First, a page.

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Committee upholds officers termination
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The city of Hinesville’s Grievance and Appeals Committee unanimously decided Tuesday to uphold a decision by Police Chief George Stagmeier and City Manager Billy Edwards to fire former police officer Mark Scott. While admitting he made some mistakes that warranted disciplinary action, Scott appealed their September 2011 decision, saying none of his mistakes, when considered separately, warranted termination.
Those mistakes, or more specifically, the allegations against Scott, who served with the Hinesville Police Department for four years and was serving on the Multi-Agency Crack Enforcement task force at the time of his termination, included abandoning his place of duty to conduct personal business, unauthorized use of a government vehicle for personal use, unauthorized transport of a civilian in a government vehicle and violation of police department standard operating procedures and state law regarding texting while driving.
City Attorney Linnie L. Darden III called five witnesses to testify for the city: Assistant Police Chief Maj. Julian Hodges; Lt. Jeff Hein, Scott’s supervisor; internal investigator Sgt. Bill Kirkendall; MACE Task Force Commander James C. Reid; and Stagmeier. Wesley Woolf, a Savannah attorney, called only one witness, his client, Mark Scott.
According to Darden, on the evening of Aug. 31, while on duty, Scott responded to a phone call from his girlfriend that she was in the emergency room at St. Joseph’s/Candler Hospital in Savannah. Scott reportedly left Liberty County in his police cruiser without calling his supervisor and drove to Savannah, where he stayed with his girlfriend until she was released from the hospital. He then reportedly drove her to her home in Pooler using the police cruiser. Shortly after midnight, while he was driving back to Hinesville, Scott hit a pedestrian — a black male wearing camouflage clothing — who was walking on Ga. 196 in Liberty County. Cell phone records later indicated that Scott was texting his girlfriend repeatedly while driving back to Hinesville.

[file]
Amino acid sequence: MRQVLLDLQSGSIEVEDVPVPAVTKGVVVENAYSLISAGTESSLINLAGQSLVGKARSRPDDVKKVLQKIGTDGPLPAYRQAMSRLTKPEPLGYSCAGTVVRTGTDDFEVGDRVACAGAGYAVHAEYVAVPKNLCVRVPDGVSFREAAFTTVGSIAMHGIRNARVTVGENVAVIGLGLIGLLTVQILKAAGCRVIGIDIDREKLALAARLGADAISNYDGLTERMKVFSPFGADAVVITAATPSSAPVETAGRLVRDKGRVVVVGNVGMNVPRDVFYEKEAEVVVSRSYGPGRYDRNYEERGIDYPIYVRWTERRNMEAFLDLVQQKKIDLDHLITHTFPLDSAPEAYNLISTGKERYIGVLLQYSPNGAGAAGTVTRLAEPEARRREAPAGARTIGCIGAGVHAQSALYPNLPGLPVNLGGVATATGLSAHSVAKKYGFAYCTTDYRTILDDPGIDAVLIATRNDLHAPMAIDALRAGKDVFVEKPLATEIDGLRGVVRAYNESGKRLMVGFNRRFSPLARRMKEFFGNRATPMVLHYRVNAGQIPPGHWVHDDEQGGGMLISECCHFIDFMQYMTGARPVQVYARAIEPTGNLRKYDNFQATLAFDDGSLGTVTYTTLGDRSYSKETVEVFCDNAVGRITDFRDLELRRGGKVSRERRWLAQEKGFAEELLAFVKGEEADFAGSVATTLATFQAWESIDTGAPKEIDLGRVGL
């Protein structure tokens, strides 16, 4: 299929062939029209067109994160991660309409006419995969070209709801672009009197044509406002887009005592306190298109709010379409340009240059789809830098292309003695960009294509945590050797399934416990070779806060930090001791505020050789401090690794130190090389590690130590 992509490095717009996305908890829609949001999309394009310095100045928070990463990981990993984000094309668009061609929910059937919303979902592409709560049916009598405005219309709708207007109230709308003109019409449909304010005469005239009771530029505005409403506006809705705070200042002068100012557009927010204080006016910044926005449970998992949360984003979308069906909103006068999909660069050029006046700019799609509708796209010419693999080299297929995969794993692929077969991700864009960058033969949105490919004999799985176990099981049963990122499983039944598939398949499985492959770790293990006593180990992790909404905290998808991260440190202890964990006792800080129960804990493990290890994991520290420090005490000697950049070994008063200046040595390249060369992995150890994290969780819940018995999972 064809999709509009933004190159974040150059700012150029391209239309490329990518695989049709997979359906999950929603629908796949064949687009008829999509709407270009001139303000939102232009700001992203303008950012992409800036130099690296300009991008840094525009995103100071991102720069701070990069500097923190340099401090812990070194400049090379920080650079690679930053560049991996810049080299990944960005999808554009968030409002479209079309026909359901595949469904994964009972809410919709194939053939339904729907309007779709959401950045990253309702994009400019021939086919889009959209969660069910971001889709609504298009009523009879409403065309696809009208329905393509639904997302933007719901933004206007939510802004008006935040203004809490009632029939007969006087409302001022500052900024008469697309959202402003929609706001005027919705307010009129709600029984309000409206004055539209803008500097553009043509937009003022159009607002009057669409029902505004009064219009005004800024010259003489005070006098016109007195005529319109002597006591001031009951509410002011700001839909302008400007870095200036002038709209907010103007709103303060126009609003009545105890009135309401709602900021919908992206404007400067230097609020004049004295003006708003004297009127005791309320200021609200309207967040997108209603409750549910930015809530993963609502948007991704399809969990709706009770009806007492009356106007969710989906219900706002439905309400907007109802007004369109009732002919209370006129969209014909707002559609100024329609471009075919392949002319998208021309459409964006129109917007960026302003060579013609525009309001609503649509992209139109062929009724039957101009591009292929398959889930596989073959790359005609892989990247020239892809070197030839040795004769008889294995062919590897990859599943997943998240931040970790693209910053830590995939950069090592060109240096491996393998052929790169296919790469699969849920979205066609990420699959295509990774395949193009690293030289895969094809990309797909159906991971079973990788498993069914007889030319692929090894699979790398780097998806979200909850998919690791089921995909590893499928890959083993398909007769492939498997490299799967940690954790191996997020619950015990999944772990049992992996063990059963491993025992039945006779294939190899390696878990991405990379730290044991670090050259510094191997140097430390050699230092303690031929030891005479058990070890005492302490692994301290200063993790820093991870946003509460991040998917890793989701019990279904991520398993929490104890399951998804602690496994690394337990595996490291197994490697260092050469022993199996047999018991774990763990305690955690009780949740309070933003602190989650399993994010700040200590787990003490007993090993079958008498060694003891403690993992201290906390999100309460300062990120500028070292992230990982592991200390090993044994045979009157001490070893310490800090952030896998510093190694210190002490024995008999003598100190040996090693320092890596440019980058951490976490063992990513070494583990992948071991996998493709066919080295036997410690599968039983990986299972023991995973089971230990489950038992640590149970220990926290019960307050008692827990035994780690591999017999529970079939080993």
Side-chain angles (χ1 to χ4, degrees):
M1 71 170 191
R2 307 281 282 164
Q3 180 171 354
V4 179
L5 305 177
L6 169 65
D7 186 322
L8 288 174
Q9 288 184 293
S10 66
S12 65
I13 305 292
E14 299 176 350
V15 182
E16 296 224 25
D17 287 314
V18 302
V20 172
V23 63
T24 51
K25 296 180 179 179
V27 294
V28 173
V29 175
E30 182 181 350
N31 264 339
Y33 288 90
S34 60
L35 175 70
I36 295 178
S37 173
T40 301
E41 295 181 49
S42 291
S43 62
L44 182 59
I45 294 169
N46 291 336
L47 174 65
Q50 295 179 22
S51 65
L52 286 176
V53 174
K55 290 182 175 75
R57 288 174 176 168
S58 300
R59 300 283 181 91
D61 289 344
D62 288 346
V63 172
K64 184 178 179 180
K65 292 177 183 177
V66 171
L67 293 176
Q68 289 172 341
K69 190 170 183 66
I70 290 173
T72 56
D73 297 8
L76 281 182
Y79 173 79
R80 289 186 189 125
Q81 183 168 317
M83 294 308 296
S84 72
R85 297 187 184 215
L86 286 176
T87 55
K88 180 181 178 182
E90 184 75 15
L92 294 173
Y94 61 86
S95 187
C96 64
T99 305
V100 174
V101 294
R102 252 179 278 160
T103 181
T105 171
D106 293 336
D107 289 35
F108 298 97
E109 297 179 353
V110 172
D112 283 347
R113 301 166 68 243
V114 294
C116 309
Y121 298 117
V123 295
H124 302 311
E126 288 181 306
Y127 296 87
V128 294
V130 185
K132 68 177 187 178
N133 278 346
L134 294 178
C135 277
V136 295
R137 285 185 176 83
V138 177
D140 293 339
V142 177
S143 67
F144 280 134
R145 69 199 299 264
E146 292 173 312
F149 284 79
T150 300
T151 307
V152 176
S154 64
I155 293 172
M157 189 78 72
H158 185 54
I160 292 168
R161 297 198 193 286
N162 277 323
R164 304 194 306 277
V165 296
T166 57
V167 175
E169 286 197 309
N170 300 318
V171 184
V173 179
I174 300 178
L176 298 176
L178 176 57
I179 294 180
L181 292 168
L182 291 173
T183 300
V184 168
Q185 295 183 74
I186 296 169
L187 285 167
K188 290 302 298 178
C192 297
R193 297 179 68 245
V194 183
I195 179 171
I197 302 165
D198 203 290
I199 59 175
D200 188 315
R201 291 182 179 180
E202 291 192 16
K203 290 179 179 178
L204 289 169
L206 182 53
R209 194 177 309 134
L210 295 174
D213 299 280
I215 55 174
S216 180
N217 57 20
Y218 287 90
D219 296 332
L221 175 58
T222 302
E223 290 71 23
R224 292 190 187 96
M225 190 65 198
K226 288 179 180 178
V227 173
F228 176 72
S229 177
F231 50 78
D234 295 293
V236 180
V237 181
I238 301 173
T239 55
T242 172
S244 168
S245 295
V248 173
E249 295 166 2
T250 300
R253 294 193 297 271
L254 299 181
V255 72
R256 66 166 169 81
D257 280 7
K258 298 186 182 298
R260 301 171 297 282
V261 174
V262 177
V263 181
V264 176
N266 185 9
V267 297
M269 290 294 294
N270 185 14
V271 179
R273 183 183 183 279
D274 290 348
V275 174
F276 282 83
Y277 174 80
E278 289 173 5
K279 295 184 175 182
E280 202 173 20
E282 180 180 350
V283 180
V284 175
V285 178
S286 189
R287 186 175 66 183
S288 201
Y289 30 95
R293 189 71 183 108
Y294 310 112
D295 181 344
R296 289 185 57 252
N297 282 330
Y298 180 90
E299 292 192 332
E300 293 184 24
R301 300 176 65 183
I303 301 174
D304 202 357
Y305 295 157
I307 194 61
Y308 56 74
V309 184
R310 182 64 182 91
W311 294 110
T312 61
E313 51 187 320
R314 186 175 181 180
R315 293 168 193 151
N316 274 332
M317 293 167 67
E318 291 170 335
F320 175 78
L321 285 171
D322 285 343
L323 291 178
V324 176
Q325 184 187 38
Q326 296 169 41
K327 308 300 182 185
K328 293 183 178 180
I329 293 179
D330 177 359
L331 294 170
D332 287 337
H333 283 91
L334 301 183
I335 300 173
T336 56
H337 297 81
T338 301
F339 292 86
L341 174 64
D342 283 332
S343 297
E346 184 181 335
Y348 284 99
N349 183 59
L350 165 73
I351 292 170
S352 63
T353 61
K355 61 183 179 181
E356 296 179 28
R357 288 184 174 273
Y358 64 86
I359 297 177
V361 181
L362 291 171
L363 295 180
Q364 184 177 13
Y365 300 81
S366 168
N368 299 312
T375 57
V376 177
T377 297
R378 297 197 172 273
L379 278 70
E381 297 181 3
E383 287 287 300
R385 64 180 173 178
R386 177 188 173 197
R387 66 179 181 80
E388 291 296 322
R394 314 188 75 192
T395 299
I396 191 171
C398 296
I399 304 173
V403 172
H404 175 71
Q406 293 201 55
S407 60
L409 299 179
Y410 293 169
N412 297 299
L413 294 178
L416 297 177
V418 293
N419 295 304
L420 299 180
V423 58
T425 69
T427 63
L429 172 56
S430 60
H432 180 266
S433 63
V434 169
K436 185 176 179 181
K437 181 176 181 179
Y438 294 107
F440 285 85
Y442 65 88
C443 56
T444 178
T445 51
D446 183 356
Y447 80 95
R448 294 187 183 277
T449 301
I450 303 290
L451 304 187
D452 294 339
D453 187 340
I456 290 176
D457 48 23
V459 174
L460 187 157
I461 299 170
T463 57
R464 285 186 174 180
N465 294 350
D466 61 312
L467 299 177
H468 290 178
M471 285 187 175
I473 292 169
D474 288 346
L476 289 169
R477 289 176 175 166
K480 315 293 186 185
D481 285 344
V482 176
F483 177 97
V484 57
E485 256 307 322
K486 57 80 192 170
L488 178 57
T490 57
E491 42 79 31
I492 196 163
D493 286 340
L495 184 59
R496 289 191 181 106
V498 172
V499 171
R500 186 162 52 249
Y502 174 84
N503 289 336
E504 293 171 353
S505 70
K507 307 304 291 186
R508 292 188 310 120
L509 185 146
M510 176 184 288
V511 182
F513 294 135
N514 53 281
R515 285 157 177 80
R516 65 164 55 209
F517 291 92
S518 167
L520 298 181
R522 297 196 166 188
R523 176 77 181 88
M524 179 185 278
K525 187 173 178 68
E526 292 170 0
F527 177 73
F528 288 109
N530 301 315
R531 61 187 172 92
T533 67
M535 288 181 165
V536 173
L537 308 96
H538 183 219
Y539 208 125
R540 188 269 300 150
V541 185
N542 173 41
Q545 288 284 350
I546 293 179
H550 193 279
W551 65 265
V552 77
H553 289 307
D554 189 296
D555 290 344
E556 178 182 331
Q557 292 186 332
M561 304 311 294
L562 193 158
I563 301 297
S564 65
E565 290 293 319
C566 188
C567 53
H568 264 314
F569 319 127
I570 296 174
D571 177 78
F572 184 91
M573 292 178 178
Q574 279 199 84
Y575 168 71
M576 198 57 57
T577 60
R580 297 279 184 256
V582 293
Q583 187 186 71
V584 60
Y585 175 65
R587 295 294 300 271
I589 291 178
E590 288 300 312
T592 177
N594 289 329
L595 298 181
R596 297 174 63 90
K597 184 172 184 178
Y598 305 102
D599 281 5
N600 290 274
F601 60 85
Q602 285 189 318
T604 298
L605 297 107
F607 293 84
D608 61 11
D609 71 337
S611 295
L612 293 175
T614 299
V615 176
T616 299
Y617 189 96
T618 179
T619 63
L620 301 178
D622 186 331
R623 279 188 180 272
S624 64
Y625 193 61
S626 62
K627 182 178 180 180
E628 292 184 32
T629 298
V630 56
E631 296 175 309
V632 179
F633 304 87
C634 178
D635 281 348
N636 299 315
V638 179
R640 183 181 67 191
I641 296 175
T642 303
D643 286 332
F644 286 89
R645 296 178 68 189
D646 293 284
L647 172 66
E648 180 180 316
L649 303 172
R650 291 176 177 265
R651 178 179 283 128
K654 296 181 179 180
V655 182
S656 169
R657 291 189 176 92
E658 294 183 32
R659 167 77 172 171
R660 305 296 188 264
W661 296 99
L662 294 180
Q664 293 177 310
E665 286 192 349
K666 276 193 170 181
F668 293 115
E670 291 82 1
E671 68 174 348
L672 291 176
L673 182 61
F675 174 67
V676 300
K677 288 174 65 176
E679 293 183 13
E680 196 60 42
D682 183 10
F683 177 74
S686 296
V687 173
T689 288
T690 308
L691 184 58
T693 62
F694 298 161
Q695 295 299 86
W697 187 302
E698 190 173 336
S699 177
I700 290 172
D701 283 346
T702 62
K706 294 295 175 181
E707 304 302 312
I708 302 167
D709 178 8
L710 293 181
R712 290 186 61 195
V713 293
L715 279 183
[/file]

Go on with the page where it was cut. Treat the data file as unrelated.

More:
Darden admitted there was no evidence that Scott was texting at the precise time of the accident but noted his prior history of vehicle accidents were evidence that Scott’s driving record was a liability to the city.
“It’s one thing to hit guardrails, telephone poles and even other vehicles,” Darden explained, noting the four accidents Scott was involved in from March 2008 to October 2008. “Now he’s hit a person. Mr. Scott would be a high liability for the city if he kept his job.”
Woolf defended his client’s earlier vehicle accidents, noting they all occurred during Scott’s first year on the police force, that Scott had not had another accident in nearly three years. He also pointed out that the state trooper’s report on the pedestrian accident was inconclusive, that Scott was not faulted or charged. He reiterated there was no evidence that Scott was texting at the exact time of the accident, and he noted that while Scott was conducting personal business, he had used his laptop to complete the required search warrant and operations order his supervisor had tasked him to have ready by the following morning.
When he testified, Scott said he never saw anyone in the dark roadway, and added that even after he stopped and turned around, he had a difficult time seeing the man limping down the road. He suggested the pedestrian must have stepped into the path of his vehicle.
Scott also testified that his cell phone included software that allowed him to text hands-free. Committee member Beverly Pitts asked him to further explain how the software works, but Darden later noted that state law makes no allowances for hands-free devices, adding that even with the special software, Scott would have had to turn his attention from the road to the phone to “press a button.”
Woolf argued that Scott had been a fine police officer and investigator for the drug task force, and that he had worked in a “flexible environment,” where officers had been allowed to use “compensatory” time to conduct personal business and sometimes use their cruisers for personal business. He asserted that other officers had testified they knew of officers using their vehicles for personal business or transporting civilians but were given only minimal punishments. They were not terminated, Woolf emphasized.
Darden argued that the city had looked at the totality of allegations against Scott for the events of Aug. 31 and Sept. 1 which, when combined with his previous driving record, warranted Scott’s termination.
Following an hour-long recess for deliberations, Committee Chairman Kenneth Pangburn led members Justin McCartney, Michael Moody, Eric Waters and Pitts, back into the city hall council chamber where each member upheld the city’s decision.

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